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GAC may well be the first indigenous Chinese brand to launch cars in the U.S., though today’s announcement at the Detroit auto show was not a definite pronouncement of export plans (the target remains 2018-2019), but rather that an R&D operation would be sited somewhere in the U.S. during the first half of 2017. Its location was not divulged, if indeed it has been decided.
Establishing such a center is likely critical for any Chinese automaker who hopes to comply with safety regulations and to understand and satisfy consumer needs. Indeed, when pressed about the progress toward complying with Federal safety regulations by 2018, one official stated that the R&D center would be tasked with that. Chinese finite-element analysis, computer simulation, and so forth must be faster than everyone else’s if GAC expects to “engineer” compliance into a vehicle by then. Oh, and as for the nomenclature: GAC is the parent company (like GM), Trumpchi (the P is silent) is the brand name—and it was launched well before our most recent election cycle began, so don’t go wondering if there’s political pandering in it.
The GS7 five-passenger SUV goes on sale in China next month. It is roughly the size of a Ford Edge (1.9 inches shorter in length, 1.1 inch taller in height, and 0.7 inch narrower), but rides on a 5.1-inch shorter wheelbase. This compromises rear seat space a bit but leaves room for a big full-size spare on a matching alloy wheel under the rather high cargo-area floor. Although the parent company GAC has been involved in joint ventures with FCA, Honda, Mitsubishi, and Toyota, the 2.0-liter four-cylinder turbo engine and six-speed automatic transmission were entirely designed in-house. The multi-port injected engine includes auto start/stop and produces 198 hp and 236 lb-ft of torque, which sound a trifle modest for motivating 3,950 pounds worth of SUV plus whatever you might put in it. The AWD system includes the requisite terrain response knob, featuring sand, trail, snow, and normal settings.
As Chinese cars go, the Trumpchi brand’s design inside and out is more mature and mainstream than most. The GS7 breaks little new ground (the D-pillar/daylight-opening apes that of a Lexus GX, while its little brother GS4 gets the Murano floating roof blackout striped pillar). We like other details such as the infinitely deep reflector light-piped tail lamps. Inside, the look is upscale, with convincing piano black and textured plastic faux carbon fiber that’s much less so. At least the materials are all soft touch on the top of the doors and dash, while the hard stuff goes below. The Injoy HMI touchscreen is back-stopped with myriad buttons on the center stack and console. Seating felt quite comfortable, with stadium-style high chairs in back. The cargo area seems small, as the Euro-measured 29 cubic-feet (behind the rear seats) would suggest. If and when GAC comes to market, it will likely do so with a lineup of SUVs, which are now sized ranging from GS4 and GS5 to GS7 and GS8. Today they seem to be achieving the quality level Korea managed a couple of vehicle generations ago. Expect their learning curve to be steeper still.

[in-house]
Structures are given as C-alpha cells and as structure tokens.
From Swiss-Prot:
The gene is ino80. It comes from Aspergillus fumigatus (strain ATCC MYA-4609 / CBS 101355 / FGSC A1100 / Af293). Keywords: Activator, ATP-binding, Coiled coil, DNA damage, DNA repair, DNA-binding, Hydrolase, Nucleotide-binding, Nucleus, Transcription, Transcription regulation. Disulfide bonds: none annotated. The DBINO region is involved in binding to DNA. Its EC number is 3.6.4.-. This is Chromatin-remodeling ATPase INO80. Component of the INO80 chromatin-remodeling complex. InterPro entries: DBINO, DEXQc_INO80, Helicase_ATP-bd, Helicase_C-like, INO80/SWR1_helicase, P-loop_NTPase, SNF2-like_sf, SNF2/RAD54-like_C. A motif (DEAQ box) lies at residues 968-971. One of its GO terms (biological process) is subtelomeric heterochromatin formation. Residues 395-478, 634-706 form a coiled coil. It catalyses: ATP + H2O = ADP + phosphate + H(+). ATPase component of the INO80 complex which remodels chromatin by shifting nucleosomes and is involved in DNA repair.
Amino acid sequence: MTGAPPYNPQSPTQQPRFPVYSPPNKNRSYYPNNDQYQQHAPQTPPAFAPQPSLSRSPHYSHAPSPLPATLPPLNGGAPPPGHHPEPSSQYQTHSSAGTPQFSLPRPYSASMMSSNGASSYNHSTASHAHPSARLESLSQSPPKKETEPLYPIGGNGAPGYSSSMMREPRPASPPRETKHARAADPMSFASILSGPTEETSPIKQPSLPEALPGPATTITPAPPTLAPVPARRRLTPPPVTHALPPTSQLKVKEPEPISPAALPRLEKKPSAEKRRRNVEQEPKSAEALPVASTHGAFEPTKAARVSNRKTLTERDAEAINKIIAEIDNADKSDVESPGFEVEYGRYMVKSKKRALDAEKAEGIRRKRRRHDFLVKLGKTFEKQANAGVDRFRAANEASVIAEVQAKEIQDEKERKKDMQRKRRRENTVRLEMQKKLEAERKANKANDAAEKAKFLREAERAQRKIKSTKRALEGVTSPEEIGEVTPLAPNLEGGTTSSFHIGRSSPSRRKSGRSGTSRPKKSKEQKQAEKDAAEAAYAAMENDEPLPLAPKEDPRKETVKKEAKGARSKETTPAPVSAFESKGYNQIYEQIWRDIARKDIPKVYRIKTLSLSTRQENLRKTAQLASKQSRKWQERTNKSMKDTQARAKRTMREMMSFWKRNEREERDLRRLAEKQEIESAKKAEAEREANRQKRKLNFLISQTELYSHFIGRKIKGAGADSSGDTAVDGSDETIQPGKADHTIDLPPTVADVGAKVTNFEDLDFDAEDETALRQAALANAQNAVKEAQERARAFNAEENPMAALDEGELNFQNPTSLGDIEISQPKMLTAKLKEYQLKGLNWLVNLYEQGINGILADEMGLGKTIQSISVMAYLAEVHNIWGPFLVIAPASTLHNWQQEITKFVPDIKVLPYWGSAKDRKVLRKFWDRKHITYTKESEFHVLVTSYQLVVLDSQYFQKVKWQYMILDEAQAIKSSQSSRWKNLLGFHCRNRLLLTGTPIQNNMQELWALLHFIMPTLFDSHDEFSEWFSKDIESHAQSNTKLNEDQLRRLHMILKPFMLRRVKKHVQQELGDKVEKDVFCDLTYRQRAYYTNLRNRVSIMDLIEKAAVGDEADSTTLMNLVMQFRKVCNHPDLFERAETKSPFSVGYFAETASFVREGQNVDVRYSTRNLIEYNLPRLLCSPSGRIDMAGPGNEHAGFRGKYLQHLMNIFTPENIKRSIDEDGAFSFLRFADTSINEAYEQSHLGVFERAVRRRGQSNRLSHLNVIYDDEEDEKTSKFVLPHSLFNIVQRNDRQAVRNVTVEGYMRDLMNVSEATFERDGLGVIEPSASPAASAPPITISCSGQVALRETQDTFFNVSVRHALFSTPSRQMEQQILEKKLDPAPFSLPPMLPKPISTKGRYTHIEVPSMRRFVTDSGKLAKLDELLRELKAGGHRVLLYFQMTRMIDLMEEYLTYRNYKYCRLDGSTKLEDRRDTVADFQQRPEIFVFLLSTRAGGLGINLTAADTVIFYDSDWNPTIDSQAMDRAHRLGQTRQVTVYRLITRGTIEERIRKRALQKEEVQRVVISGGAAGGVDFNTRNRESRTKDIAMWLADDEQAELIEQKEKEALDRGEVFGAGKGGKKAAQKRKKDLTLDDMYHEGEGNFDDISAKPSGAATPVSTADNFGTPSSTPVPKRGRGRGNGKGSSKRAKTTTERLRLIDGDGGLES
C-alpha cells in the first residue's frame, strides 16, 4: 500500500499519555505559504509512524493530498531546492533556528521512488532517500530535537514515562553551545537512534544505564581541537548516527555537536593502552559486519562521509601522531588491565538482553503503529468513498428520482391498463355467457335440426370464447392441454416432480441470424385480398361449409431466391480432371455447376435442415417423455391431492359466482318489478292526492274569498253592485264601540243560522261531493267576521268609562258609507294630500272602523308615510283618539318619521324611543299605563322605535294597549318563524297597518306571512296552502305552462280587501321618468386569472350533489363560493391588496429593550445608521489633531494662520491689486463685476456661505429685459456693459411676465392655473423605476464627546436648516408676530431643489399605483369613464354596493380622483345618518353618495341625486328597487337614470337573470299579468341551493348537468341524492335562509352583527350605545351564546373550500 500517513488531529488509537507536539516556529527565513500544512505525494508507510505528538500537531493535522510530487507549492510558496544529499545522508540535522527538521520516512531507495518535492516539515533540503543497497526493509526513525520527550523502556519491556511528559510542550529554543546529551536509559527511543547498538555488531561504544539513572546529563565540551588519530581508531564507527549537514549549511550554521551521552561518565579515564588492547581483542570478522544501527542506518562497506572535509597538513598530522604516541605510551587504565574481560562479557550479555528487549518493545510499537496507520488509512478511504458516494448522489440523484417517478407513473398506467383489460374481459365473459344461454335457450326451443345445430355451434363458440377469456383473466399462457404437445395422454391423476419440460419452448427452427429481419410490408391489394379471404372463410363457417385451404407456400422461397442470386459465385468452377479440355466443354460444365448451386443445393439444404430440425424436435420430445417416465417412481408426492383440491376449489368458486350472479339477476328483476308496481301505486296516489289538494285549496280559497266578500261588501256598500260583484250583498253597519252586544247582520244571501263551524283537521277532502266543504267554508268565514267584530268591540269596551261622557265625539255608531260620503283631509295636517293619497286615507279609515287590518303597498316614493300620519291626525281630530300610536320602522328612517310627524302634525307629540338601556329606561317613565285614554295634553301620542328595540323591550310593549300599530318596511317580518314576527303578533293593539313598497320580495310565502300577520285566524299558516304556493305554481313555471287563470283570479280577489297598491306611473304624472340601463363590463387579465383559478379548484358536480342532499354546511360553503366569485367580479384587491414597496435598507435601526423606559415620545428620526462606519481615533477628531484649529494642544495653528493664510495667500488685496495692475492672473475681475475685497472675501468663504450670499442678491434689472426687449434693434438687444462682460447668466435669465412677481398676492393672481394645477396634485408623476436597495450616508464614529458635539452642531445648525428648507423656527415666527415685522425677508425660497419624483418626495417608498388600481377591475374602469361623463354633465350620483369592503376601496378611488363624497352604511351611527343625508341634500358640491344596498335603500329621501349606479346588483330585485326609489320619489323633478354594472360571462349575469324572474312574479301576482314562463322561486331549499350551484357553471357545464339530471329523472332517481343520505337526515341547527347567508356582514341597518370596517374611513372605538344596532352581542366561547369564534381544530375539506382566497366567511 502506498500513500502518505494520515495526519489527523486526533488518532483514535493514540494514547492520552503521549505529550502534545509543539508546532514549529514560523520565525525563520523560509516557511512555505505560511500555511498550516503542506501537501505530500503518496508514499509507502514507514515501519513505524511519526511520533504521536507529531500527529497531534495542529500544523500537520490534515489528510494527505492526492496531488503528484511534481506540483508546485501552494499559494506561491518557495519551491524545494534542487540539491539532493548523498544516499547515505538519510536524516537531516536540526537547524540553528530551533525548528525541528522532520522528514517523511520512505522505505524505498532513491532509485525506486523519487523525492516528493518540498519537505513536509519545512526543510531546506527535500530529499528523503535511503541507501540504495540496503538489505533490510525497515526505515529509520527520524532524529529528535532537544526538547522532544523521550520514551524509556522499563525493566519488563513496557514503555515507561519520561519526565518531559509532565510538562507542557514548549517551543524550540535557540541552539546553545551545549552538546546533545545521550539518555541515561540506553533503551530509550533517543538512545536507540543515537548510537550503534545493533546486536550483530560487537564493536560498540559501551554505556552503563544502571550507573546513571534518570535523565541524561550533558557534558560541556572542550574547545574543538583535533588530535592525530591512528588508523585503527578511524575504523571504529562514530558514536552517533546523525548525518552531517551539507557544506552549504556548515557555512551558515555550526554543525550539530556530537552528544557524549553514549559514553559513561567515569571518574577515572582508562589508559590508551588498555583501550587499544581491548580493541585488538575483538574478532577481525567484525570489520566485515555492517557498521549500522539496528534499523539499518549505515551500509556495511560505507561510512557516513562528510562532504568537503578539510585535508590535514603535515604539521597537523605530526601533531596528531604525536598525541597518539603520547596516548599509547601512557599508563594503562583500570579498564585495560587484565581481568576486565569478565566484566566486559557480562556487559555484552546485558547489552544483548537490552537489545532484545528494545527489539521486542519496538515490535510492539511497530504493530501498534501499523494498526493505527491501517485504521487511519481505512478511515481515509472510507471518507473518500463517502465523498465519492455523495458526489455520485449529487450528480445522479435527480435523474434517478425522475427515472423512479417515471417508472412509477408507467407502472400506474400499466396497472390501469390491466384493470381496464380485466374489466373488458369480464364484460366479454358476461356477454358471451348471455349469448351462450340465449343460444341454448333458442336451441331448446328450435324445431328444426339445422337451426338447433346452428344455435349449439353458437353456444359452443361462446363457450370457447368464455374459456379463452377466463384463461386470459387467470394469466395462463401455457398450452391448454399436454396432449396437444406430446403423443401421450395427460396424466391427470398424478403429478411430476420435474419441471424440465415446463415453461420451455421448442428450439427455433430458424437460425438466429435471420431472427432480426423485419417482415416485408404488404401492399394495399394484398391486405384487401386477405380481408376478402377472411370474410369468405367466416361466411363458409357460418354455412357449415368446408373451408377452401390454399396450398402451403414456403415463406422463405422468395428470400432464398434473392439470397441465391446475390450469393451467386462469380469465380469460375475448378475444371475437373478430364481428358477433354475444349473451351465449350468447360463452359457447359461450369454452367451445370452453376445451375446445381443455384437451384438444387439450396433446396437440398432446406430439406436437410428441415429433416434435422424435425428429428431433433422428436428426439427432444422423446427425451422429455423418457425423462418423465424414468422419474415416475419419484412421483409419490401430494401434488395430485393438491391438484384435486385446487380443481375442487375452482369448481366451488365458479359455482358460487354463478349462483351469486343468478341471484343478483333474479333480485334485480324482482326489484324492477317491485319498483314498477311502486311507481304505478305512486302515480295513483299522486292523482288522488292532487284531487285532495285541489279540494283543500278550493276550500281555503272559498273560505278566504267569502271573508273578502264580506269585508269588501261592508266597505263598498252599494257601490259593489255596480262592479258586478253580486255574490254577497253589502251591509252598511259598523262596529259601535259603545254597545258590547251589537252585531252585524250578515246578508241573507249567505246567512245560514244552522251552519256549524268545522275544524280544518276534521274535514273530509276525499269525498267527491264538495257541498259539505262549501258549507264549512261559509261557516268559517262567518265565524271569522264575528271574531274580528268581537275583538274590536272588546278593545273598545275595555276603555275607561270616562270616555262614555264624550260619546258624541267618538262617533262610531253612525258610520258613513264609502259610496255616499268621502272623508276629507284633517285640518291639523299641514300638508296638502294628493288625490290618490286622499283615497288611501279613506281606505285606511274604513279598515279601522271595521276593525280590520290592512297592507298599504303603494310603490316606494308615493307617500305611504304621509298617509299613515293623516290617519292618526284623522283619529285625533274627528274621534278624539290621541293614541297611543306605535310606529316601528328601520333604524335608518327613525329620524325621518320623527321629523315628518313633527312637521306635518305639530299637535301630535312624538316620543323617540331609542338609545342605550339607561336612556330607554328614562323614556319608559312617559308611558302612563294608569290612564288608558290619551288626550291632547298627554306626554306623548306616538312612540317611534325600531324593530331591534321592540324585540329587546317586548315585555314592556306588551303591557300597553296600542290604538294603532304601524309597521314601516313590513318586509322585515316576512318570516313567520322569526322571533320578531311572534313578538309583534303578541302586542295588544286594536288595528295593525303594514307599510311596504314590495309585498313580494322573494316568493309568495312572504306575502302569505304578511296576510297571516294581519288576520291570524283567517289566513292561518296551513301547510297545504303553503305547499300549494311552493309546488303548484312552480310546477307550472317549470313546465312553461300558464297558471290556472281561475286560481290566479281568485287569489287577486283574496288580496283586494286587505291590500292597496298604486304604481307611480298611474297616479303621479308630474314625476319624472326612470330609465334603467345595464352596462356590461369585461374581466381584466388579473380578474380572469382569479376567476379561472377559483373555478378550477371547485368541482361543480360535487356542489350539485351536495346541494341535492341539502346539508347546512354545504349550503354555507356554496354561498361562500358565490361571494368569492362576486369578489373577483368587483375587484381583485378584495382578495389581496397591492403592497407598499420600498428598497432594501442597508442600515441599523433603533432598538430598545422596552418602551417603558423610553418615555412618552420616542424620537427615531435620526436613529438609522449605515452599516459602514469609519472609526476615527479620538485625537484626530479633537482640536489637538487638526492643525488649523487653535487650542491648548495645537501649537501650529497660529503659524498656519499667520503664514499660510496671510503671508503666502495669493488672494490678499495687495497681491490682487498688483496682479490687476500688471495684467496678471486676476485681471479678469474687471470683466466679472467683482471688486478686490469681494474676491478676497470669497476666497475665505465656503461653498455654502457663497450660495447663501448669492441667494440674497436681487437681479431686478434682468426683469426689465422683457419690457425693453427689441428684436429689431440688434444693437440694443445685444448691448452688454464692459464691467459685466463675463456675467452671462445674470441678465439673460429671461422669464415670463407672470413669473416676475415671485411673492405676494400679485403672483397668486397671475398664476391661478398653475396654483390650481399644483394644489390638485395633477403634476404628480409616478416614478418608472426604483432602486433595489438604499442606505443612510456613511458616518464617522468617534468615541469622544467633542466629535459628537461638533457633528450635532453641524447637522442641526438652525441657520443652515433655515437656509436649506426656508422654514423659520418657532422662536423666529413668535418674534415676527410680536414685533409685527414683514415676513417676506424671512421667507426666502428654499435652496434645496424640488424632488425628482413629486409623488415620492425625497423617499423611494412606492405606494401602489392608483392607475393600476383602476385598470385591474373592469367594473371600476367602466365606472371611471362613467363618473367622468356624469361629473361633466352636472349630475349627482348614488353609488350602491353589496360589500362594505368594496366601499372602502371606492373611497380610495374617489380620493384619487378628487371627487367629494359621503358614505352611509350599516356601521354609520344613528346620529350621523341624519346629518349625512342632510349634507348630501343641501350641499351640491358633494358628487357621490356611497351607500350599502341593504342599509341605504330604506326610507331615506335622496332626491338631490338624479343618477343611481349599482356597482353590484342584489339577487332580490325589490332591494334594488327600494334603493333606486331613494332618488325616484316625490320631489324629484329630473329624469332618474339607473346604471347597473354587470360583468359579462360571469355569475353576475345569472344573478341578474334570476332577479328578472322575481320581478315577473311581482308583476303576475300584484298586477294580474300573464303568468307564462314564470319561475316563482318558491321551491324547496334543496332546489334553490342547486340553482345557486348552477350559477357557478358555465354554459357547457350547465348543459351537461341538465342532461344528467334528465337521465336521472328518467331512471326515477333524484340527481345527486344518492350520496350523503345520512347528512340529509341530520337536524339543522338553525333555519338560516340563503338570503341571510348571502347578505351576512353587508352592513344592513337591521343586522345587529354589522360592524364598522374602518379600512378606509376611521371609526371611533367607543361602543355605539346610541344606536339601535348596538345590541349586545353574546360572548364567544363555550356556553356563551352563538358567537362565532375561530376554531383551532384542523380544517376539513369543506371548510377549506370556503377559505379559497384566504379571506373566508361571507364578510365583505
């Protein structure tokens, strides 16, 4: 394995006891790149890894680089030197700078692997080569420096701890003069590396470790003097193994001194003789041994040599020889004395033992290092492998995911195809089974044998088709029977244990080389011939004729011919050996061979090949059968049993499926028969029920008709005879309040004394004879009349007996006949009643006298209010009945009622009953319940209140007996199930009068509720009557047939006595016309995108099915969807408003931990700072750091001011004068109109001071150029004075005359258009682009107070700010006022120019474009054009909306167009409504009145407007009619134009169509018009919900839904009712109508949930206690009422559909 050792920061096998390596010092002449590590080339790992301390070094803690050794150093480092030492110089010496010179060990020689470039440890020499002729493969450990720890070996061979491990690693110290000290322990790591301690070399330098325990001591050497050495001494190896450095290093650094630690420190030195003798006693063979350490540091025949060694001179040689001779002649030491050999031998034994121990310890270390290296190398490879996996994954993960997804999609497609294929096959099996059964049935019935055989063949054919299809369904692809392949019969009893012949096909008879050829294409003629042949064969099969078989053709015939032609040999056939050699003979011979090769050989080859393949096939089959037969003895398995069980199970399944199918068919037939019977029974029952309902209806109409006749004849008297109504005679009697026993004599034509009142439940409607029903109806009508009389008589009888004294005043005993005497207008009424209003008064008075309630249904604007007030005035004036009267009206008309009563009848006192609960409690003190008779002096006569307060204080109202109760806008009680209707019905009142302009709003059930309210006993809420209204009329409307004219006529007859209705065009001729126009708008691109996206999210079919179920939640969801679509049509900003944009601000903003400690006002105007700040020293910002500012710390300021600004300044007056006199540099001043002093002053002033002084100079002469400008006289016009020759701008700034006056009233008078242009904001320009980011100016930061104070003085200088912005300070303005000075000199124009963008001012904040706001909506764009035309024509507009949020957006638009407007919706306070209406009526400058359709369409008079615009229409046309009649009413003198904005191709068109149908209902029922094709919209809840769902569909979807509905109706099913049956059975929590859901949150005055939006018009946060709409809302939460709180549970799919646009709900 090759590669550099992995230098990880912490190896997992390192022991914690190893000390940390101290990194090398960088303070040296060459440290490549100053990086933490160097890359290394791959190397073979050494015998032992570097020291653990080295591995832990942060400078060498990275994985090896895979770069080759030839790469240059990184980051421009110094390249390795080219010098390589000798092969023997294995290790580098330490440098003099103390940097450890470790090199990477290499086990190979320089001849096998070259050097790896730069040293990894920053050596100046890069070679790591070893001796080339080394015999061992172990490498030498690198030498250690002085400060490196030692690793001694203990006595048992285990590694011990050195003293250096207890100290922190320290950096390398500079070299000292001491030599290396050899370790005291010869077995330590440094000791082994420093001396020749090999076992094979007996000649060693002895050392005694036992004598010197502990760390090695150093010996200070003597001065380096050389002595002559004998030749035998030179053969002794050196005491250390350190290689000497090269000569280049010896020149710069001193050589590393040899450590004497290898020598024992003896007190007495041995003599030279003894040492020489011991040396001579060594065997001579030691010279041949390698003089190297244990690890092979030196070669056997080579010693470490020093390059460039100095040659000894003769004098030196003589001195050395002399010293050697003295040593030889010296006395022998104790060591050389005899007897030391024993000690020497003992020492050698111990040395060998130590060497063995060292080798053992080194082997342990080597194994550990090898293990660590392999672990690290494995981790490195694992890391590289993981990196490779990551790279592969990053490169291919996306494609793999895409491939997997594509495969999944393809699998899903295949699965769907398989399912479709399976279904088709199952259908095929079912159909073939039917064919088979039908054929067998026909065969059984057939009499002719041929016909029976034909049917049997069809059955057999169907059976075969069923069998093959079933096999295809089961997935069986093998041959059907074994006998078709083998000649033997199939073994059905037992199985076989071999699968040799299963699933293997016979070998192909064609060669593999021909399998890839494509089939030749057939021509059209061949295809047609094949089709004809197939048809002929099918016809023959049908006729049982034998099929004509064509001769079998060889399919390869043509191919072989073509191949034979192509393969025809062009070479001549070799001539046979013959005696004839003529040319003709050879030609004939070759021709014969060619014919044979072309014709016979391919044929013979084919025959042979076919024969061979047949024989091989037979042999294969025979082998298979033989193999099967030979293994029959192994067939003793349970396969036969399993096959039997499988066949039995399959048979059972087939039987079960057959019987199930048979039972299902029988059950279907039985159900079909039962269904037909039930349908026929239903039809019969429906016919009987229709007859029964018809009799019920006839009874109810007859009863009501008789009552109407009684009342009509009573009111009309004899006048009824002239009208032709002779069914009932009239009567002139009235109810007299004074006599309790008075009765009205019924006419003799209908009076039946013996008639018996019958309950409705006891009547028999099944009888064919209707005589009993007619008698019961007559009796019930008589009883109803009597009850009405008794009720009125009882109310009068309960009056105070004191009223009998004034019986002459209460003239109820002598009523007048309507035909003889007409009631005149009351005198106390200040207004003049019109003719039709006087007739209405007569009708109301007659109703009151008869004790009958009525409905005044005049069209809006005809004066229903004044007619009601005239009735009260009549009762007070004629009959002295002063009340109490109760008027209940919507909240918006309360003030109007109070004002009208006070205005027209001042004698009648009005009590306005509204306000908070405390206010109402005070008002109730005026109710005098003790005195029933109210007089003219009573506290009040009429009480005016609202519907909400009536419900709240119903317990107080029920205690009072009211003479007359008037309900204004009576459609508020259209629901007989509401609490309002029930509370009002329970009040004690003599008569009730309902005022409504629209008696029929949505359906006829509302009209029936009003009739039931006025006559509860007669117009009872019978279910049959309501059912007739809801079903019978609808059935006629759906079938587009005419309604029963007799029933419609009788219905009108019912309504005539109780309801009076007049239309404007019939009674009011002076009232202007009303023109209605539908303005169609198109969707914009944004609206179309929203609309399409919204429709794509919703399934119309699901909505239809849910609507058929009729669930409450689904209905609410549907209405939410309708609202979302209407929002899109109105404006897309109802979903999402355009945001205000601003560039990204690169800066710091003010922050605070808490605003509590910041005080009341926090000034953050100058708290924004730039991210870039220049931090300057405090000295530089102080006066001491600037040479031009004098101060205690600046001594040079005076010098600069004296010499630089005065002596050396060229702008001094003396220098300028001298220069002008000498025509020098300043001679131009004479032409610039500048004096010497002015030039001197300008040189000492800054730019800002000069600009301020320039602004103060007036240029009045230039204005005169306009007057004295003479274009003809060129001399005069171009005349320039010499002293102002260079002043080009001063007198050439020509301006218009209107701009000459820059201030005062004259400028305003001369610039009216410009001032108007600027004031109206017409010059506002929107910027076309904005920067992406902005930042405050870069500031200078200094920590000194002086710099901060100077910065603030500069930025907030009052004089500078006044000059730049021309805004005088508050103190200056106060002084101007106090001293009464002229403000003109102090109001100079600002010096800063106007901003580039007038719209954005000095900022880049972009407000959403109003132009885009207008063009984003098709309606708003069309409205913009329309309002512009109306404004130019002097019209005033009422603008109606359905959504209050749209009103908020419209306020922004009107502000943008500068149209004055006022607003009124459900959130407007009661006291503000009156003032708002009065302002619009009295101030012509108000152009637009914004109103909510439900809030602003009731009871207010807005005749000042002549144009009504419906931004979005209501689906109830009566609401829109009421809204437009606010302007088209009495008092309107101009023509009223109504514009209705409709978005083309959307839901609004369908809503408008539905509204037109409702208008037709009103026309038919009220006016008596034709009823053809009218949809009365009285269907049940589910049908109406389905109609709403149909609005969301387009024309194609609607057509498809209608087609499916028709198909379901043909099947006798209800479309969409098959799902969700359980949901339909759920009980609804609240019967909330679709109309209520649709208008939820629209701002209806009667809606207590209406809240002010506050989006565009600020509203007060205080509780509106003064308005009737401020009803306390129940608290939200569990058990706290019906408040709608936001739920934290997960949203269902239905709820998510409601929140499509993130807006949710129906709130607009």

The GE3 goes on sale in China this June. It is a pure EV powered by a 47-kWh lithium-ion battery pack that is said to provide almost 200 miles of range on the easy-does-it Euro NEDC cycle. Its permanent magnet synchronous electric motor is rated at 67 hp and 81 lb-ft continuous, with peak output of 161 hp and 214 lb-ft. The vehicle is roughly B-segment SUV size, measuring within an inch or so of a Chevy Trax. The design is pretty generic outside, but a bit more engaging inside. At least to look at. Most of what you can touch is hard grained plastic, and the door slam sound on the production car present on the stand rivaled that of an original Kia Sephia (anybody remember those?). Not too nice. If the NEDC range translates down to the low 100-mile range, we’d counsel GAC’s Trumpchi planners to keep this one at home.
The EnSpirit Concept looks like it was designed in former joint venture partner Honda’s studios, with a grille and lamps that totally ape the CR-V’s and a lower body character line lifted directly from the new Odyssey. Matte copper paint channels the perhaps waning trend in paint finishes, while the roofline goes for a four-door coupe body style that the Germans can’t seem to build enough of. This one does that genre one better by adding a cloth roof that opens for a cabriolet feeling. It allows enough of the outside elements in to suggest horticulture could be fostered inside, as indicated by the bonsai tree growing out of the rear center console. Very interesting indeed. There are no production plans announced as yet for the EnSpirit.
Keep an eye on this manufacturer, hope and pray it launches here with a different brand name, and don’t necessarily expect the products to be laughable when they arrive—at least not for long.
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via Motor Trend http://ift.tt/JPPTFe January 10, 2017 at 02:38AM